The spring runoff is looking good on the Souris River in Canada.
That's how officials with Saskatchewan's Water Security Agency assess the situation today.
Jim Olson was in southern Saskatchewan this week and reports on the flood outlook for the Souris-Mouse River system.
(Jim Olson, KX News) "Welcome to Yellow Grass, Saskatchewan. This is one of the places where the Souris River has not even taken shape - it's at the northern end of the watershed, and there's plenty of water around."
(Dale Hjertaas, Water Security Agency) "Areas with moderate snow cover just kind of melted in two days and we had some real high peaks."
Dale Hjertaas of the Water Security Agency in Saskatchewan says the melt in southern areas of the province has been like ours in North Dakota - fast.
(Dale Hjertaas, Water Security Agency) "It's been a very unusual runoff - we've never had one this late before that anyone can remember."
The vast majority of the watershed has lost nearly all its snow - this is the very start of the Souris River in Weyburn early Thursday morning - when a deer decided to swim across. You can see most of the snow is gone - only the northeastern parts of the basin still have major snow to melt.
(Dale Hjertaas, Water Security Agency) "They have quite a bit of snow pack in the very northern areas and are probably just starting to melt. It will come pretty quickly when it starts to warm up again this weekend."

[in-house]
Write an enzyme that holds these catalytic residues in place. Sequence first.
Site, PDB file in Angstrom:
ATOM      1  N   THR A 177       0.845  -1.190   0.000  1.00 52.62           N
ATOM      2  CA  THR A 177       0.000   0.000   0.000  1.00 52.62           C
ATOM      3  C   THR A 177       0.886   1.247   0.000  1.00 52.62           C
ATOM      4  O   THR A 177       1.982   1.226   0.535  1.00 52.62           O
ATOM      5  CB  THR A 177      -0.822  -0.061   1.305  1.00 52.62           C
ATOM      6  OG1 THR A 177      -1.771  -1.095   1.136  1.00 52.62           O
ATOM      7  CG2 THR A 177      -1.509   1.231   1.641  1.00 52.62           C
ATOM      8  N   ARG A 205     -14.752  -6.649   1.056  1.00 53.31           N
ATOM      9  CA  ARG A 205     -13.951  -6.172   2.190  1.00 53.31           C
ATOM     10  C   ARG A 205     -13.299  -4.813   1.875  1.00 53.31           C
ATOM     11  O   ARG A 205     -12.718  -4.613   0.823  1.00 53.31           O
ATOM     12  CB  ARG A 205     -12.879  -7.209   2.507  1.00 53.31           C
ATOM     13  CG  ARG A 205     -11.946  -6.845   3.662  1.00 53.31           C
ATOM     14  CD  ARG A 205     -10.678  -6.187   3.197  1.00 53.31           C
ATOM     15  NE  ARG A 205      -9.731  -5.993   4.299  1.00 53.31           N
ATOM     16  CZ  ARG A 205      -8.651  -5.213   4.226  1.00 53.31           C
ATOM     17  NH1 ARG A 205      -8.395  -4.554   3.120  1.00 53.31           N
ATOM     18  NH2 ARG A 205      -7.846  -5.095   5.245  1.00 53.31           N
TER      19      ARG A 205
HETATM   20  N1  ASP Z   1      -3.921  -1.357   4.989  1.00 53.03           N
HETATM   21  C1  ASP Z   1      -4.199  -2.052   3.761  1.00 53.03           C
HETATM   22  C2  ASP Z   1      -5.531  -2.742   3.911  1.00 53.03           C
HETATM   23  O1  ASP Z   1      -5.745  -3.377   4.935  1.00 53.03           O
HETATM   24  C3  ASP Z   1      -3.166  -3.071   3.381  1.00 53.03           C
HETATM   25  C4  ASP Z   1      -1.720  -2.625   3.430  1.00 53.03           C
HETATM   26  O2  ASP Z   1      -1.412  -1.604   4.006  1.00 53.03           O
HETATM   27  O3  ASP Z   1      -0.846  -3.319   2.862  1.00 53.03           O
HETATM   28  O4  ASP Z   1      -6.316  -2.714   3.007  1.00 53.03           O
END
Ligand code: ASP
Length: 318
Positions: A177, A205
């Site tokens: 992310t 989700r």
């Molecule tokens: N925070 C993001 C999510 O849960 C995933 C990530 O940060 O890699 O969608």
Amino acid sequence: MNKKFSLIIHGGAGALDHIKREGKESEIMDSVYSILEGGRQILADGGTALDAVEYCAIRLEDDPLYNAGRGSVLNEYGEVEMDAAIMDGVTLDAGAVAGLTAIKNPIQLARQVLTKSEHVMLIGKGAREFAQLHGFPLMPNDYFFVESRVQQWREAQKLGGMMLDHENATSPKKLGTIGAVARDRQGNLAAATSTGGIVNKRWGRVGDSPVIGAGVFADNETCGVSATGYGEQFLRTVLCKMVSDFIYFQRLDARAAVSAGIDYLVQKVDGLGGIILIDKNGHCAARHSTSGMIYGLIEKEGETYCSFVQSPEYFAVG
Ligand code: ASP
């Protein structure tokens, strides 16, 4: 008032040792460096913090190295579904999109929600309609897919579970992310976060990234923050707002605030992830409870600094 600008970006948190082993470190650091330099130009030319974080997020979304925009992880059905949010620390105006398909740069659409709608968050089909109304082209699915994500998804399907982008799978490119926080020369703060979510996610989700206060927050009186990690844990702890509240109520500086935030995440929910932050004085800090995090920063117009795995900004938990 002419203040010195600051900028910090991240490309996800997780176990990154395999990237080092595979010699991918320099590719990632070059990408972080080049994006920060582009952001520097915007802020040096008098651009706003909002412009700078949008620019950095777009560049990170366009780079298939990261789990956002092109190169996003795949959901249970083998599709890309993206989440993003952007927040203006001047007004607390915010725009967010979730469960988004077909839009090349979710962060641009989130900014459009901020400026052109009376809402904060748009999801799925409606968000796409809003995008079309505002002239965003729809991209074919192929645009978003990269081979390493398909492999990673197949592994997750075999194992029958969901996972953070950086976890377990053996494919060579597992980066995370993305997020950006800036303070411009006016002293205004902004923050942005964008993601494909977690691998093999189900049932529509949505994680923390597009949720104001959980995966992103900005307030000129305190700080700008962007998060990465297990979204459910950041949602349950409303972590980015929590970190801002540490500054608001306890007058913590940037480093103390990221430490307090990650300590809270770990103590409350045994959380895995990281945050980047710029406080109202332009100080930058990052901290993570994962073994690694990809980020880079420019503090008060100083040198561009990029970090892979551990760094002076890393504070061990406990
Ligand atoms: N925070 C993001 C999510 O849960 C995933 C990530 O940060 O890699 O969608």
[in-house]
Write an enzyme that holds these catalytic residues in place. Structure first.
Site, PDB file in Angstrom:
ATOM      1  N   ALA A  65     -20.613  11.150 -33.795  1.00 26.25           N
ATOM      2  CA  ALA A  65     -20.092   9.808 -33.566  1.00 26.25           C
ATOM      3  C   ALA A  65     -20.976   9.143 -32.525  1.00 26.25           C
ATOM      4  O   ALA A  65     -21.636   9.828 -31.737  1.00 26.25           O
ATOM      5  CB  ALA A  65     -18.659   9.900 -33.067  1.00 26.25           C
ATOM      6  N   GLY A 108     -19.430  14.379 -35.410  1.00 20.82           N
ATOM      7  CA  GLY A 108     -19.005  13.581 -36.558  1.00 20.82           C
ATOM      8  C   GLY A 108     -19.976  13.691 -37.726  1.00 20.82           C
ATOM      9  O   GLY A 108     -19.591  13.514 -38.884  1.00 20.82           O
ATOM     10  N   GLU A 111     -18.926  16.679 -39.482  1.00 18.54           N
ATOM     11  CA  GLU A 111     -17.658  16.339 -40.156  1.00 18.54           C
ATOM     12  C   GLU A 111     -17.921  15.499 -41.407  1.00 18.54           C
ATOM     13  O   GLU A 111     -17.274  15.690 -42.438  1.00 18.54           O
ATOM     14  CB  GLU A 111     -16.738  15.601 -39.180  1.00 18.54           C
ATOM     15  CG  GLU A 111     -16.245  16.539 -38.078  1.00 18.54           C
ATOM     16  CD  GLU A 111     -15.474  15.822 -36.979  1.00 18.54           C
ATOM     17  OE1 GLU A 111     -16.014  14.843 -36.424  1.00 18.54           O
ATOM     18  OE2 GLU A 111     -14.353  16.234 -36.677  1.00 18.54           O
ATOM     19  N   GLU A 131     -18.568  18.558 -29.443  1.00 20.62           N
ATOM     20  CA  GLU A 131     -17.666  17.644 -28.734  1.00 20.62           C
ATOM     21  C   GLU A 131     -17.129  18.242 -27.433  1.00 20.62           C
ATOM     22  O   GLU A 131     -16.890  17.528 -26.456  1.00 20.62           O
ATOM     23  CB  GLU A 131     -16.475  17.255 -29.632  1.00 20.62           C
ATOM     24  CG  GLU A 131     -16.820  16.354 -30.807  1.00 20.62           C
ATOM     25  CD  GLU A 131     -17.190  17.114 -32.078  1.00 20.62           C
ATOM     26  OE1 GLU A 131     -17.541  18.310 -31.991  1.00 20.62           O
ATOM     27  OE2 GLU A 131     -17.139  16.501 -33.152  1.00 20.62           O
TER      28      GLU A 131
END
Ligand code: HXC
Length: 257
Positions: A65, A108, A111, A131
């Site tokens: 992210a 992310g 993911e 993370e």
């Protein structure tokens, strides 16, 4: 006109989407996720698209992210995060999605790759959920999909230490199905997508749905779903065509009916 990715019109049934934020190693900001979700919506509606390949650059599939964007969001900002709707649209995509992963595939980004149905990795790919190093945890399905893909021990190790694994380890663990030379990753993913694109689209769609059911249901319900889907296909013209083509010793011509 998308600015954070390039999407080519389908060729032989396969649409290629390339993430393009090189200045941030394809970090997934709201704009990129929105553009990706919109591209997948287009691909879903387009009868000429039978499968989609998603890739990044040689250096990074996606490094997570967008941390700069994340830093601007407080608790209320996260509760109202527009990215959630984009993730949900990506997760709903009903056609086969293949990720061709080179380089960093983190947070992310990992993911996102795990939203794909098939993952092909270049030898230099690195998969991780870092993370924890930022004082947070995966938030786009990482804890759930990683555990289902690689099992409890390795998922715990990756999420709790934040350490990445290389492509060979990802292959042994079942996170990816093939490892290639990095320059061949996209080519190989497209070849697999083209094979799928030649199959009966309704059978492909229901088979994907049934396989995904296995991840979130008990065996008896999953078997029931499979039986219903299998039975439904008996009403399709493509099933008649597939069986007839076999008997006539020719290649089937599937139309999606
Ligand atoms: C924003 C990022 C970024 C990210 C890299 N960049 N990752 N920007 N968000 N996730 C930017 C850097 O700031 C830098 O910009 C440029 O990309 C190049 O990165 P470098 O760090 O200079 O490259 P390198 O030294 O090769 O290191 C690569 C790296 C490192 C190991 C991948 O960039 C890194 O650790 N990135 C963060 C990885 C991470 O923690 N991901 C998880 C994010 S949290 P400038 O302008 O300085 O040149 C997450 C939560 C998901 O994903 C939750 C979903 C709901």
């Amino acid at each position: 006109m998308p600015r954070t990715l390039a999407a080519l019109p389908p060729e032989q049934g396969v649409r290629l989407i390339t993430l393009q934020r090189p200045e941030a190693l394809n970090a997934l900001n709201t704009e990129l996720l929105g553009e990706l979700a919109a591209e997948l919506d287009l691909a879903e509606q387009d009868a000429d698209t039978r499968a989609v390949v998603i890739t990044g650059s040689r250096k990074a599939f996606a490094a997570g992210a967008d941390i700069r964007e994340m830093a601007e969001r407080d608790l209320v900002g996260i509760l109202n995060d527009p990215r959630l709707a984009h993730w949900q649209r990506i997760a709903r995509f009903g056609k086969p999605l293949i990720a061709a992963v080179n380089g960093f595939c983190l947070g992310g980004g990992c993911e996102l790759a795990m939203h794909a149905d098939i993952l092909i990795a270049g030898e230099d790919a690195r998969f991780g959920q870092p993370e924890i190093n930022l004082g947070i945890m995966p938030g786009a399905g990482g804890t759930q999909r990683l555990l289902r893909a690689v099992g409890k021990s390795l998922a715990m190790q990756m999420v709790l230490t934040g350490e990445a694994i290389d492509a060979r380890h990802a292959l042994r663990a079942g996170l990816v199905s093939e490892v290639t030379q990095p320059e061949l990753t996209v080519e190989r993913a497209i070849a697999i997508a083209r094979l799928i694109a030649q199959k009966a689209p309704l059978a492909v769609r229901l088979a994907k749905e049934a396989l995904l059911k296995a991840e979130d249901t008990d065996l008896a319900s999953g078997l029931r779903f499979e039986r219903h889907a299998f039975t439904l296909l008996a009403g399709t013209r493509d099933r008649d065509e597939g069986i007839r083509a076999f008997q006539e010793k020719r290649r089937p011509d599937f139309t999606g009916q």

(Jim Olson, KX News) "The big question is have the projections been accurate? Will the Rafferty Dam and Alameda Dam and Boundary Dam be able to hold back all the water that is ready to come in to the reservoirs? It's a question the Water Security Agency says it can answer in the affirmative."
(Dale Hjertaas, Water Security Agency) "Those reservoirs still have large amounts of storage capacity and so that water will stay in the reservoirs until the peaks are over and then we'll let out any surplus."
Hjertaas says overall it looks like predictions for runoff into the reservoirs in Saskatchewan is well within the range of estimates.
(Dale Hjertaas, Water Security Agency) "Probably looking like the inflows will come in a little lower than we predicted back in April."
For example, here at Boundary Reservoir, the peak was hit this week and was lower than expected - and releases are being cut back. At Rafferty and Alameda, the major inflow is yet to come, but there are several feet of storage available in both.
(Dale Hjertaas, Water Security Agency) "Barring some major rainfall event we're looking pretty good here in the Souris."
That's encouraging news downstream, where Lake Darling releases have re-started at about 11-hundred CFS and the level of the lake is rising. As of now the Corps of Engineers plans to keep releases at that level through the weekend to see how the river and lake are handling the runoff. All in all, it's an encouraging outlook for the river portion of this spring runoff season. Jim Olson, KX News.
Hjertaas says the runoff estimate may have been too high because more melted snow absorbed into the ground than expected, reducing the runoff amount.